Reason and Problem Solve
- Combine several pieces of information and draw
- Develop rules or follow guidelines when arranging
- Notice when something is wrong or is likely
to go wrong.
- Use reasoning to discover answers to problems.
- Concentrate and not be distracted while performing
- Think of new ideas or original and creative
ways to solve problems.
Use Math and Science
- Choose a mathematical method or
formula to solve problems.
Perceive and Visualize
- Identify a pattern (a figure, object, word,
or sound) that is hidden in distracting material.
- Imagine how something will look if it is moved
around or its parts are rearranged.
- Quickly and accurately compare letters,
numbers, objects, pictures, or patterns.
In a typical work setting, geospatial information scientists and technologists:
- Have a low to medium high level of social interaction.
They spend time talking to other technologists, managers, and clients, but
also spend time alone analyzing data.
- Communicate with people daily by telephone,
e-mail, and in person.
- Are somewhat responsible for the work done
- Write letters and memos on a weekly basis.
- Work as part of a project team.
Physical Work Conditions
- Almost always work indoors. May work outdoors
- Must be very exact and accurate when analyzing
- Rarely consult a supervisor before making a
decision or setting tasks and goals.
- Meet strict daily and weekly deadlines. This
makes the work atmosphere somewhat competitive.
- Often make decisions that strongly impact coworkers
and their company.
- Repeat the same physical and mental tasks.
Hours / Travel
- Usually work a standard work week. They may
work overtime to meet project deadlines.
Geospatial information scientists and technologists frequently:
- Sit for long periods of time.
- Repeat the same movements.
- Use their hands to handle, control, or
feel objects, tools, or controls.
It is important for geospatial information scientists and technologists to
be able to:
- See details of objects that are less than a
few feet away.
- Speak clearly so listeners can understand.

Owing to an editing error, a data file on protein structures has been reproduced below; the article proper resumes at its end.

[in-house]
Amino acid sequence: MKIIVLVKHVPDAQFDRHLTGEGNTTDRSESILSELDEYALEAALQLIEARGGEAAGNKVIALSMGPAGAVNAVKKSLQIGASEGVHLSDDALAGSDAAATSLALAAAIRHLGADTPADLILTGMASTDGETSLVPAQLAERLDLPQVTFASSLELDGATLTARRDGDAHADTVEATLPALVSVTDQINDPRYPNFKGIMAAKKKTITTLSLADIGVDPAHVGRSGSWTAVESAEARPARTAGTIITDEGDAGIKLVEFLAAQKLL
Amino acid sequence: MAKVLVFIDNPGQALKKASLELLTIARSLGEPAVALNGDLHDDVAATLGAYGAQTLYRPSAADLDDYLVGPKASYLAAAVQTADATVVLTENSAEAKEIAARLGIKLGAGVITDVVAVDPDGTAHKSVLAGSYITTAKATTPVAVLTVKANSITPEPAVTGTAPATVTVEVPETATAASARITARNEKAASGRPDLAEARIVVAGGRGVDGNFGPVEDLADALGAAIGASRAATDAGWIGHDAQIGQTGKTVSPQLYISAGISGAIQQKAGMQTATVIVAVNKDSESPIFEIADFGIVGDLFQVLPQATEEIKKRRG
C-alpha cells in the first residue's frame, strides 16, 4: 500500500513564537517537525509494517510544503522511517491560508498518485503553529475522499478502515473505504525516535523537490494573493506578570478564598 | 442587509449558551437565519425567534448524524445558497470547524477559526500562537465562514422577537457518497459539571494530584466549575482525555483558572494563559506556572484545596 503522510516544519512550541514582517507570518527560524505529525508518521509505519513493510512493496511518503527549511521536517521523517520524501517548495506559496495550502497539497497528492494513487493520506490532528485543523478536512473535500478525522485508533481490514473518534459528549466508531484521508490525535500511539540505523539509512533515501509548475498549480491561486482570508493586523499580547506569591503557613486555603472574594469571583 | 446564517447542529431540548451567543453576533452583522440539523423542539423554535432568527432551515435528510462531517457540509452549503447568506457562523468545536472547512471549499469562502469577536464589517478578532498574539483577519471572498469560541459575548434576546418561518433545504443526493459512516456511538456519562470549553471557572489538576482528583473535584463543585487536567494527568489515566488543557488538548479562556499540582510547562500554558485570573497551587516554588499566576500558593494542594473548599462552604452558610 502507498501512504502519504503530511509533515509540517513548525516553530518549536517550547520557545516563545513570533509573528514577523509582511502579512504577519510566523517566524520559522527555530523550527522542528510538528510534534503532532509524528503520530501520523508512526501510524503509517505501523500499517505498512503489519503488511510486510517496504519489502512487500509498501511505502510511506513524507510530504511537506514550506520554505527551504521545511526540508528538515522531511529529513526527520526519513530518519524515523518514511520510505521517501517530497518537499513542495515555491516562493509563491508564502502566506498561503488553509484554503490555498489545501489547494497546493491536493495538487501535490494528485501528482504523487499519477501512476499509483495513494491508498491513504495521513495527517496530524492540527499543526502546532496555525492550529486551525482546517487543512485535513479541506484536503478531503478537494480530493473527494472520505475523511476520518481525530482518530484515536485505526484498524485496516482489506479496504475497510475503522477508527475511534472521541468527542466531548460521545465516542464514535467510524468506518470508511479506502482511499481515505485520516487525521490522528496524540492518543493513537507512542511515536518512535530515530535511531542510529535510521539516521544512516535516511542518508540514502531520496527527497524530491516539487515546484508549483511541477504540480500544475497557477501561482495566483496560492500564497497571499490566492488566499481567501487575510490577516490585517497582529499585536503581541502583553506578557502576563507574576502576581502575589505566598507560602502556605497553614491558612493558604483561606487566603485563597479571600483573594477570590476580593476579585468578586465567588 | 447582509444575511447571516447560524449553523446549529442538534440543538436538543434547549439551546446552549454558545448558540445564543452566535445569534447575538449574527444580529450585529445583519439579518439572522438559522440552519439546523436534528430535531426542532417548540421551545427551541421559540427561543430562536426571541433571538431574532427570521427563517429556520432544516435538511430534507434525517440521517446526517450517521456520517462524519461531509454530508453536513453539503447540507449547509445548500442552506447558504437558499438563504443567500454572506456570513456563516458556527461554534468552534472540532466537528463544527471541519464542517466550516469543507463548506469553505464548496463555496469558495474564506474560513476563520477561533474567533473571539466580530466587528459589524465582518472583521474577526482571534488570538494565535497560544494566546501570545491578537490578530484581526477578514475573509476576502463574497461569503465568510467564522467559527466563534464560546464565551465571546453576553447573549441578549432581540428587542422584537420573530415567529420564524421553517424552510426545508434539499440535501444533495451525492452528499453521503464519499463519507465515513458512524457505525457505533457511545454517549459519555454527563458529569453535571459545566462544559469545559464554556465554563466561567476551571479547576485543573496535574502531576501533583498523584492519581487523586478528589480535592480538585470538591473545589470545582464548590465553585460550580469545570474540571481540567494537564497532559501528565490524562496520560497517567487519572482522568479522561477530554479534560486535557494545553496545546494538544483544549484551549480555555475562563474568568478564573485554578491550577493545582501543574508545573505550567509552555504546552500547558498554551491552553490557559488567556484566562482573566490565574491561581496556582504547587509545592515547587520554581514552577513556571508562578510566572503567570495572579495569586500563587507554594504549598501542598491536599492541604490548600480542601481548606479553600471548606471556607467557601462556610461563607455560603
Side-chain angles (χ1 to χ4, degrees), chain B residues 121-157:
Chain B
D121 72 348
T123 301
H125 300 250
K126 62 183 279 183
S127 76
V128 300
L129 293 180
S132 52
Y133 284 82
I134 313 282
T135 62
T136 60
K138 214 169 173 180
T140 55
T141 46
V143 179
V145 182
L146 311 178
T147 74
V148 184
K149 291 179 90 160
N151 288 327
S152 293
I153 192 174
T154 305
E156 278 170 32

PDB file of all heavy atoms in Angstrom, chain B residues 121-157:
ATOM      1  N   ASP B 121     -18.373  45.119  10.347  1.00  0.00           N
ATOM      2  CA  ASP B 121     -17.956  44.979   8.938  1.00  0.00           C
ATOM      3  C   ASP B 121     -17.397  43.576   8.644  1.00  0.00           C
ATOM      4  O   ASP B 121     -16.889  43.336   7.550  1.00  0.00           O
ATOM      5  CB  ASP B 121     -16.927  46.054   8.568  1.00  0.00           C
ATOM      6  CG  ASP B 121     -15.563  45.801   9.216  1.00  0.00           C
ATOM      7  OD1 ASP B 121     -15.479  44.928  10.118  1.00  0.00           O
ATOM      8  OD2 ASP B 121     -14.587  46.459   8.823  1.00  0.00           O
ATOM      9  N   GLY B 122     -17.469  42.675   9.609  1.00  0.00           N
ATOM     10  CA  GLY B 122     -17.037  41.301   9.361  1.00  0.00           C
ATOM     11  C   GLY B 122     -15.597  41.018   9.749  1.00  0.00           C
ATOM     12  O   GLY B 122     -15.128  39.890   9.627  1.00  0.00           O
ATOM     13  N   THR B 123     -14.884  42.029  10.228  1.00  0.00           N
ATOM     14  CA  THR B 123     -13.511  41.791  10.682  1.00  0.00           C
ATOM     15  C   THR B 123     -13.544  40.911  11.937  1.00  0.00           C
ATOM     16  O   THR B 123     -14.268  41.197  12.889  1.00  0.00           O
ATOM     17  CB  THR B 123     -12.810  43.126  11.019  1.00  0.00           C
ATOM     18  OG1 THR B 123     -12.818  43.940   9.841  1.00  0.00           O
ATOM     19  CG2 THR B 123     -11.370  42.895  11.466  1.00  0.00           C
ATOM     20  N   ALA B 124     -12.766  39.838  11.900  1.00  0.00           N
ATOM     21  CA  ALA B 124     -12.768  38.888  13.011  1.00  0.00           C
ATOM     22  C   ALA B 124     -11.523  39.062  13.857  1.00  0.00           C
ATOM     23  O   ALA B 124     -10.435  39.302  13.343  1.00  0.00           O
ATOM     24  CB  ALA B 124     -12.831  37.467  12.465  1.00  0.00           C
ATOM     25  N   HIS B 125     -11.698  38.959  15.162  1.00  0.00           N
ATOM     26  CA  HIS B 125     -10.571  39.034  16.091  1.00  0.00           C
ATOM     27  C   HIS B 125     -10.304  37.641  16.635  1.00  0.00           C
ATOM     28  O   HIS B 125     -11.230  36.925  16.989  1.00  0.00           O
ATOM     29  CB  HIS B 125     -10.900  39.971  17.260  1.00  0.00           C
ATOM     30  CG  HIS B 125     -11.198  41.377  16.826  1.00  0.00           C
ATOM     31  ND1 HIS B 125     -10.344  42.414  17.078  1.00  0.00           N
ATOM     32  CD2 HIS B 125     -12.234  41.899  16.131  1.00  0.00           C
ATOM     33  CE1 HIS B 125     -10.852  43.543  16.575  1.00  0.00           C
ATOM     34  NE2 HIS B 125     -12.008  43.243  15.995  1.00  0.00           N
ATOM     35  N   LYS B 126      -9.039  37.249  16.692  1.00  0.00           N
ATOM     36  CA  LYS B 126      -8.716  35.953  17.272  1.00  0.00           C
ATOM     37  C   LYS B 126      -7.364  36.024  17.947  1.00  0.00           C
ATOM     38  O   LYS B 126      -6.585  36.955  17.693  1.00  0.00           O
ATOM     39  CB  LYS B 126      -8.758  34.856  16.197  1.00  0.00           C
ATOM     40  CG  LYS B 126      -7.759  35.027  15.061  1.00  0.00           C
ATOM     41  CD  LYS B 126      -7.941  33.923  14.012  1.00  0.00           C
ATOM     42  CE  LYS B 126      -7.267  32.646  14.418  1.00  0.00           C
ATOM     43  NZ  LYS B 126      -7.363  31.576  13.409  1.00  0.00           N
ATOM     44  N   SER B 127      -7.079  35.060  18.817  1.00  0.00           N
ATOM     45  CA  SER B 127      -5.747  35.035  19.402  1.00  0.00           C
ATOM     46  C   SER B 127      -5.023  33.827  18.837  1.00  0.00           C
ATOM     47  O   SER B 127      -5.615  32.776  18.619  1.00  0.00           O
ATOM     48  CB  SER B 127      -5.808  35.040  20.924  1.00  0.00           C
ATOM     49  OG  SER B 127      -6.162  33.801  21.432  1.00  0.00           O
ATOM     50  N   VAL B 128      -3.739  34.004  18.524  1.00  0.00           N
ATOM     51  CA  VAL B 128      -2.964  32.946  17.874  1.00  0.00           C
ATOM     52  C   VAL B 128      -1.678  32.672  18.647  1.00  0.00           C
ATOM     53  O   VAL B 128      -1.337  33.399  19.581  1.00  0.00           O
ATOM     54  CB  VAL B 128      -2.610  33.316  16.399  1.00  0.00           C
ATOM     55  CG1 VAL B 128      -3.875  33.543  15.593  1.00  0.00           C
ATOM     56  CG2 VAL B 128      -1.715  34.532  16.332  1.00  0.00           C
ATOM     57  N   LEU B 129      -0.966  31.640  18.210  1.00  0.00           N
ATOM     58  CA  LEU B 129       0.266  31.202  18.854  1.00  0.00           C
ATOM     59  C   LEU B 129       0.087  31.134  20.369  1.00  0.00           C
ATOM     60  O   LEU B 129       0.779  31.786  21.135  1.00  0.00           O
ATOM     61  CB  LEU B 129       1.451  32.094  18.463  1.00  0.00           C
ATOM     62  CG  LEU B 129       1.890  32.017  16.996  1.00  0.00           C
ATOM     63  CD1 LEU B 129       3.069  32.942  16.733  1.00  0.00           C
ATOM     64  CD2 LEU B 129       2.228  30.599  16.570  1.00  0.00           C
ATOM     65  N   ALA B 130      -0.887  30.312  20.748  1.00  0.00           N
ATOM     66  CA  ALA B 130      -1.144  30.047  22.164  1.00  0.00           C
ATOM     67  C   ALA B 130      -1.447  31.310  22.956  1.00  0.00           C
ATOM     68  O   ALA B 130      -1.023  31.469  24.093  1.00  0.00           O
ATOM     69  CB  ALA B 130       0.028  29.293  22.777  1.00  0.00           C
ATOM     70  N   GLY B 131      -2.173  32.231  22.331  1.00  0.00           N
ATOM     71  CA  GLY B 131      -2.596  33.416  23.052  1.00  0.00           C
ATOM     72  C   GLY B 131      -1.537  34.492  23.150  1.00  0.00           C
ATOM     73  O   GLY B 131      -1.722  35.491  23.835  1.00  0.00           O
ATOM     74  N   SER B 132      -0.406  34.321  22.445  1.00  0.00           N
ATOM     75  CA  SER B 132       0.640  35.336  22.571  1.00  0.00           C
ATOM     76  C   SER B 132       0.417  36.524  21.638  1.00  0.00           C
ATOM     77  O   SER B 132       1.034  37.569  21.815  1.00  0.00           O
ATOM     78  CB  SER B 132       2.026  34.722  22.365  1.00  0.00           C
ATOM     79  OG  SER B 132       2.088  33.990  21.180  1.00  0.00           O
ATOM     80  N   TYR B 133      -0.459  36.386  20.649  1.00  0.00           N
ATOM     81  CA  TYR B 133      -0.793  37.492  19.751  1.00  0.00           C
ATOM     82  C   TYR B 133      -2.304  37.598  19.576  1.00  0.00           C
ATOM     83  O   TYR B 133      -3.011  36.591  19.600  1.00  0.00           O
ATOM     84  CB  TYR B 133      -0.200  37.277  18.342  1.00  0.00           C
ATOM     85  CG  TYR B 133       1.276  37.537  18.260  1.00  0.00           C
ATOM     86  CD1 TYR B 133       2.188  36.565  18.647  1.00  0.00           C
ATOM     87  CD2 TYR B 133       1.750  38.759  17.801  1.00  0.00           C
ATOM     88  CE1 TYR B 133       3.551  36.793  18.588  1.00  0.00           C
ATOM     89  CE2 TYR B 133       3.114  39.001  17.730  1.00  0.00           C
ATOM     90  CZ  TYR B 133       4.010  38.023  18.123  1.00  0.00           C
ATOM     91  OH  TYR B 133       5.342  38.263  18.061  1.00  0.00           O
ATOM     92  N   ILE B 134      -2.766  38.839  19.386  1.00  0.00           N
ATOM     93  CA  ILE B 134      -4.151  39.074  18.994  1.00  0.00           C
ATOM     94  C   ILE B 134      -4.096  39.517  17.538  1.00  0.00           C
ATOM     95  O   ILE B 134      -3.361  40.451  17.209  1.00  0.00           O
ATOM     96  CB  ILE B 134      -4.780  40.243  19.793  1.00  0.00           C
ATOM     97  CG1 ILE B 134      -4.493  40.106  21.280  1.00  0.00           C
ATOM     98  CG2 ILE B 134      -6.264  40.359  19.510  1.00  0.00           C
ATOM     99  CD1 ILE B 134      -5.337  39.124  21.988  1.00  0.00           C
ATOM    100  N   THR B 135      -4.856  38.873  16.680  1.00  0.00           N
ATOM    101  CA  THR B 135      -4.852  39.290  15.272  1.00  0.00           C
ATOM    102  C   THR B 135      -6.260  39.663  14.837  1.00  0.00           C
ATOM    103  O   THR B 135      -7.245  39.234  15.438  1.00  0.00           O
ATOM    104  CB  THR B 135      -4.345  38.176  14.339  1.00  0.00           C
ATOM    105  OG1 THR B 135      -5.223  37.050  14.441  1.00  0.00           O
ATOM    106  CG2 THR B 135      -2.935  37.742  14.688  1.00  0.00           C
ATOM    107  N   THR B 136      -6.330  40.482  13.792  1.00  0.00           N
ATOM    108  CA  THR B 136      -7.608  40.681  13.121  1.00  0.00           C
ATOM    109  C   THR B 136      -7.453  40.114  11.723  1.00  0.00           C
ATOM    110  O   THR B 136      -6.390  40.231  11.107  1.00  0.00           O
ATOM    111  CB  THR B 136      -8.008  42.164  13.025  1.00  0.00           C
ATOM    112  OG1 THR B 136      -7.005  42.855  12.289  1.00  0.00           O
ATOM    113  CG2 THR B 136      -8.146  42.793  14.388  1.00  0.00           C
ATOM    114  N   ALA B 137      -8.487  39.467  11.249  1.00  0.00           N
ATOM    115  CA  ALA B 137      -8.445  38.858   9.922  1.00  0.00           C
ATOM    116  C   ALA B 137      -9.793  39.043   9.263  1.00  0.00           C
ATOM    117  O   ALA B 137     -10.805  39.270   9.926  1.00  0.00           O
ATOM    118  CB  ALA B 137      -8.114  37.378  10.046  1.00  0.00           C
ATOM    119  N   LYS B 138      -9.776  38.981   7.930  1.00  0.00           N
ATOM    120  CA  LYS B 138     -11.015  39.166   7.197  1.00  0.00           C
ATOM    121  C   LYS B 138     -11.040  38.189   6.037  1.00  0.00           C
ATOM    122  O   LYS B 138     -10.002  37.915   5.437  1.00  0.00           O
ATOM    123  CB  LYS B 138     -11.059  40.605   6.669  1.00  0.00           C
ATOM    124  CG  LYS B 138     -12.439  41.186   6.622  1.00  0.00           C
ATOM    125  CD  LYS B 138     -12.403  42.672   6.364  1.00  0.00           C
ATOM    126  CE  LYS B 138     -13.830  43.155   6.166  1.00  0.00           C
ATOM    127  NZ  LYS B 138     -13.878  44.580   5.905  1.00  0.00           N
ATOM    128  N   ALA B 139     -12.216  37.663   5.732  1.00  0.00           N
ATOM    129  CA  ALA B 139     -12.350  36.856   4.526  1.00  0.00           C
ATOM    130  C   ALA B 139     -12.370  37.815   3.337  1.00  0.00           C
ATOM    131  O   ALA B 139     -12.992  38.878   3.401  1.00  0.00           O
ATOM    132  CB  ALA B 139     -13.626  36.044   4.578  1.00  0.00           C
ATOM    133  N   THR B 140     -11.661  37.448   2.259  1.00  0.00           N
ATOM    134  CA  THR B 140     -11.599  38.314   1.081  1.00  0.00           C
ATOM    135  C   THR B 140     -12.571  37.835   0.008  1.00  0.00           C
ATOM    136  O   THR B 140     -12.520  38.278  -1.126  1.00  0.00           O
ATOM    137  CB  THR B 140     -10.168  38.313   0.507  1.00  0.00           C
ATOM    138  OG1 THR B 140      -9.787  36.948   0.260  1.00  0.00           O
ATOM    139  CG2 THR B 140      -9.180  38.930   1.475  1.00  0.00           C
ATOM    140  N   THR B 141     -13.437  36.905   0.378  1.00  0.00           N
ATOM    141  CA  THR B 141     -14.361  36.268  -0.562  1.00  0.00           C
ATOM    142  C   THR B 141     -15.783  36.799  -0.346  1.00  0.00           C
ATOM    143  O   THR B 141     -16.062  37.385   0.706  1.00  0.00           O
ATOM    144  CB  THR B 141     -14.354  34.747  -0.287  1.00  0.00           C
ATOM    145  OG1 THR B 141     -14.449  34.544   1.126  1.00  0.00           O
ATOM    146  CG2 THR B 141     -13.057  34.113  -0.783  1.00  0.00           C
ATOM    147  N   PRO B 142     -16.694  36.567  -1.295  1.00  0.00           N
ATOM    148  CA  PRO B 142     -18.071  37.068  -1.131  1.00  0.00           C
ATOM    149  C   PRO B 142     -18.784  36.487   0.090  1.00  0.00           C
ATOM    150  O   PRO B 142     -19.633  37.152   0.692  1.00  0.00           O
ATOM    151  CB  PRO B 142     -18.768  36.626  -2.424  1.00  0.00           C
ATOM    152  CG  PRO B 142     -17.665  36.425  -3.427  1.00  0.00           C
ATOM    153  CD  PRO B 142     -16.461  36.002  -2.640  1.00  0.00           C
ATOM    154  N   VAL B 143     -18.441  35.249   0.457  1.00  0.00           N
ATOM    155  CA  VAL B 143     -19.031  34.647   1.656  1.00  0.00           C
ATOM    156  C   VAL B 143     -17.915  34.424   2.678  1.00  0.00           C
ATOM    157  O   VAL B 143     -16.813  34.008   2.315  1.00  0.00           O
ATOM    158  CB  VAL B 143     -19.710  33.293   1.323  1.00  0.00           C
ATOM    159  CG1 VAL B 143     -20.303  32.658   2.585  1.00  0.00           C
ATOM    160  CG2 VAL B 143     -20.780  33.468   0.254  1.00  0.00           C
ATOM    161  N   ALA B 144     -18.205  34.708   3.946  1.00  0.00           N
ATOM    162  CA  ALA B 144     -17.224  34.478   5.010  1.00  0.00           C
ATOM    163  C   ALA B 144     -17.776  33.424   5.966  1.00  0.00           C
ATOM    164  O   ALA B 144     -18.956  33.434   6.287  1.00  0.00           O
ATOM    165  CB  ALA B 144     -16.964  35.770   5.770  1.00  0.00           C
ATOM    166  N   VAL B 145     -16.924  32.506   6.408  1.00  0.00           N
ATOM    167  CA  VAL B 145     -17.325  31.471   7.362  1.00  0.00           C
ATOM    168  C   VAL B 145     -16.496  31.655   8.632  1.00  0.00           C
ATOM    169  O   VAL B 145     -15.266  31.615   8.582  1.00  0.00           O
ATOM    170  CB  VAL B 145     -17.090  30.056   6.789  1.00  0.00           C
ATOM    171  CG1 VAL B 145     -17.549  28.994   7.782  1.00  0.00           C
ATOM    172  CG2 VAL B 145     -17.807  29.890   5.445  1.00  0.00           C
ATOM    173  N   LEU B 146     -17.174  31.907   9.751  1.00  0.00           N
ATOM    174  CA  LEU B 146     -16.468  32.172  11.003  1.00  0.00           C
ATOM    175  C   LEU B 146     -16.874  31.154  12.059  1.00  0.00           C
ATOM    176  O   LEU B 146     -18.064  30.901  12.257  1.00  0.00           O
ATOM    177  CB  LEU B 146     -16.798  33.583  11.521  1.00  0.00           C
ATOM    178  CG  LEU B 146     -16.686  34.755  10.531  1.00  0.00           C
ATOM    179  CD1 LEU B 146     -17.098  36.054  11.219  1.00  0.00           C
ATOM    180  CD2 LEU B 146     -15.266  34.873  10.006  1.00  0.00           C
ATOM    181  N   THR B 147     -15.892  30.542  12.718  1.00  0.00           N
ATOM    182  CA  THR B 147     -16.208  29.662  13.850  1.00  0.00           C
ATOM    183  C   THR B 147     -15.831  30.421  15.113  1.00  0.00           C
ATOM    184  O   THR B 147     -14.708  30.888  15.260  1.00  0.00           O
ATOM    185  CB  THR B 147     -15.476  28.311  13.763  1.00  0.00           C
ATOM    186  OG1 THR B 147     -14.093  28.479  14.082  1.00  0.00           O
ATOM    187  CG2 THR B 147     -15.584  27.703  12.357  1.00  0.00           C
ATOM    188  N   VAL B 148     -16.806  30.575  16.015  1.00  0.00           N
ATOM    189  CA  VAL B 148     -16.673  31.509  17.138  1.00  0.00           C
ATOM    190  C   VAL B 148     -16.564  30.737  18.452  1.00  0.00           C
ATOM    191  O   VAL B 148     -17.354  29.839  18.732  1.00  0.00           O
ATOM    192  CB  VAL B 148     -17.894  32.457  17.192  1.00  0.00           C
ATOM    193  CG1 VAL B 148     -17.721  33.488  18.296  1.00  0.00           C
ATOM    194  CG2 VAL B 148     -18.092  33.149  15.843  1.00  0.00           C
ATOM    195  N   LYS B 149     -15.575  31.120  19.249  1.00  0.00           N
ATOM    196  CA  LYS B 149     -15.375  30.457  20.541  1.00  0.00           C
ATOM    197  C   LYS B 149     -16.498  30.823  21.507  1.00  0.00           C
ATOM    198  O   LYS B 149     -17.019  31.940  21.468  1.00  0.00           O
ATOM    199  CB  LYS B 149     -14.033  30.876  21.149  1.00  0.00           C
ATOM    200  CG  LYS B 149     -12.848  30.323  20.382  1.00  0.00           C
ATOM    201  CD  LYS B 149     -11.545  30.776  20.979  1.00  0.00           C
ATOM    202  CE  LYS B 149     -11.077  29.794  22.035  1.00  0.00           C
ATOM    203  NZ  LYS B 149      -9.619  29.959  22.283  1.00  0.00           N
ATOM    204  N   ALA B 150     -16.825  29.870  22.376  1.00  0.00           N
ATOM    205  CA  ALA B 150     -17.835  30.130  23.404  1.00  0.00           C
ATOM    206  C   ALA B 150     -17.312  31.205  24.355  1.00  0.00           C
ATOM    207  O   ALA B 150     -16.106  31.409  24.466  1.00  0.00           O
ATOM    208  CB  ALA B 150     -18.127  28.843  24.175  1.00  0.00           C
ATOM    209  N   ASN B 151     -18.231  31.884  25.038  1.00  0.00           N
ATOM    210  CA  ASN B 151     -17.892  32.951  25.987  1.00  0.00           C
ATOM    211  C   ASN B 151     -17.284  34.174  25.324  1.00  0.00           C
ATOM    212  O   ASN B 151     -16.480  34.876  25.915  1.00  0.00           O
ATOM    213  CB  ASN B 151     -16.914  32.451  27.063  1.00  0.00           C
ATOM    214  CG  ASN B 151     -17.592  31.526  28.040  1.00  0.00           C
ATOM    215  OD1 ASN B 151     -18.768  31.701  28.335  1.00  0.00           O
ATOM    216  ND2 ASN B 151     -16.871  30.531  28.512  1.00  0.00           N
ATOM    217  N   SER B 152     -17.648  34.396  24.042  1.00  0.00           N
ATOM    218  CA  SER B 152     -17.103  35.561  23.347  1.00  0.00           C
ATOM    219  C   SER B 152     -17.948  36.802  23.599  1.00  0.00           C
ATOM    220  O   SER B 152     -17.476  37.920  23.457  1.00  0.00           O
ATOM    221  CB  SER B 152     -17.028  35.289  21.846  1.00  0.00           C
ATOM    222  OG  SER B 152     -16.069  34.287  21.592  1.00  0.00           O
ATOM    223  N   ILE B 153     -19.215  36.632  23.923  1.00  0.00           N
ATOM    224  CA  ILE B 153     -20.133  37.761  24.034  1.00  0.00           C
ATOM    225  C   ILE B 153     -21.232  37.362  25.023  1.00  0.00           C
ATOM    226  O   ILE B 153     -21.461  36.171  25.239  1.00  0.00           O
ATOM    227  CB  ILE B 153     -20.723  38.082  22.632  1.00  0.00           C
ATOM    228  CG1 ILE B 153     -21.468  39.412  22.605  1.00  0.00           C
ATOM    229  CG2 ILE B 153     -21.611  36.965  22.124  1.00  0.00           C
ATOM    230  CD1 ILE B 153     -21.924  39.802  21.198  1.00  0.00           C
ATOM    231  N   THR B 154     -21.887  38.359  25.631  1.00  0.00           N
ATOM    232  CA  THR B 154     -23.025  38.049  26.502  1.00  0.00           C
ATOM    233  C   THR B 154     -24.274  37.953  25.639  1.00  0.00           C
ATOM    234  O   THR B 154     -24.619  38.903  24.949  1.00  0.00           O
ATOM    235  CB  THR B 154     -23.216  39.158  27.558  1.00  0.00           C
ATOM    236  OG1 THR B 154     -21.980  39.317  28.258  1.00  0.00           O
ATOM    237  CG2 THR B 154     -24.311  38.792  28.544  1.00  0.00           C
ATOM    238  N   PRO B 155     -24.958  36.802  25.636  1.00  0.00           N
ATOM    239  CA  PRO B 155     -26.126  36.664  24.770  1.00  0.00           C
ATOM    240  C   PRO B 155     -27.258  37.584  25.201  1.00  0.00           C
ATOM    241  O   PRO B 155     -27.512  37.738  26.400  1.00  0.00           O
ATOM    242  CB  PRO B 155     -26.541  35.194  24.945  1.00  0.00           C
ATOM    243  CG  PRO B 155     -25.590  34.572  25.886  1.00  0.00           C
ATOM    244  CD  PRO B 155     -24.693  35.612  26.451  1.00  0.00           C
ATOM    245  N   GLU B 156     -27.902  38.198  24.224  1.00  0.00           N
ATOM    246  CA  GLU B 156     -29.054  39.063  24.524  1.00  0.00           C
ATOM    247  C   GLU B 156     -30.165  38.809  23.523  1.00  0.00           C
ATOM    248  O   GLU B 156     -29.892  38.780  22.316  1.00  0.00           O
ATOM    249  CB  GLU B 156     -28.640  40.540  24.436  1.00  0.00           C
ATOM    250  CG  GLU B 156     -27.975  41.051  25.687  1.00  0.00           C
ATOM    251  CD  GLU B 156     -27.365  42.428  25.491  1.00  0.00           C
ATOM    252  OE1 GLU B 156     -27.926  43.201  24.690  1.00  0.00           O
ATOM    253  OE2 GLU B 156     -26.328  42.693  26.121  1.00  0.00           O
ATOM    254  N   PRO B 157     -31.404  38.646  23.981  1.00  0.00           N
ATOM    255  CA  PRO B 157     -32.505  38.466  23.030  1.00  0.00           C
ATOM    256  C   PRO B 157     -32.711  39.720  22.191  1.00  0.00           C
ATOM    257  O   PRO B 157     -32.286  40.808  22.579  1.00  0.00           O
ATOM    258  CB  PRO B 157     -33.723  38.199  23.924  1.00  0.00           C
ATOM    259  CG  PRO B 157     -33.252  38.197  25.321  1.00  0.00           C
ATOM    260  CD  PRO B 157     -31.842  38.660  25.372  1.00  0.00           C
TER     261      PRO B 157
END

- Understand the speech of another person.
- Use fingers to grasp, move, or assemble
very small objects.
It is not as important, but still necessary, for geospatial information scientists and technologists to be able to:
- See differences between colors, shades, and
- See details of objects that are more than a
few feet away.
- Make quick, precise adjustments to machine controls.
- Hold the arm and hand in one position or hold
the hand steady while moving the arm.
- Use one or two hands to grasp, move, or assemble
Geospatial information scientists and technologists need knowledge in the following areas:
- Geography: Knowledge of land, sea, and air masses.
Also includes knowledge of how to describe their location, features, and relationships.
- Computers and Electronics: Knowledge of computer
hardware and software.
- English Language: Knowledge of the meaning,
spelling, and use of the English language.
- Customer and Personal Service: Knowledge of
providing special services to customers based on their needs.
- Mathematics: Knowledge of the rules and uses
of numbers. Areas of knowledge include arithmetic, algebra, geometry, and
- Engineering and Technology: Knowledge of how
to build machines, buildings, and other things. Also includes knowledge of
how to use computers, machines, and tools to do work more usefully.
- Administration and Management: Knowledge of
managing the operations of a business, company, or group.
- Design: Knowledge of making and using plans,
blueprints, drawings, and models.
- Education and Training: Knowledge of teaching
and the methods involved in learning and instruction.
Geospatial information scientists and technologists are people who tend to:
- Consider achievement important. They like to
see the results of their work and to use their strongest abilities. They like
to get a feeling of accomplishment from their work.
- Consider independence important. They like to
make decisions and try out ideas on their own. They prefer jobs where they
can plan their work with little supervision.
- Consider good working conditions important.
They like jobs offering steady employment and good pay. They want employment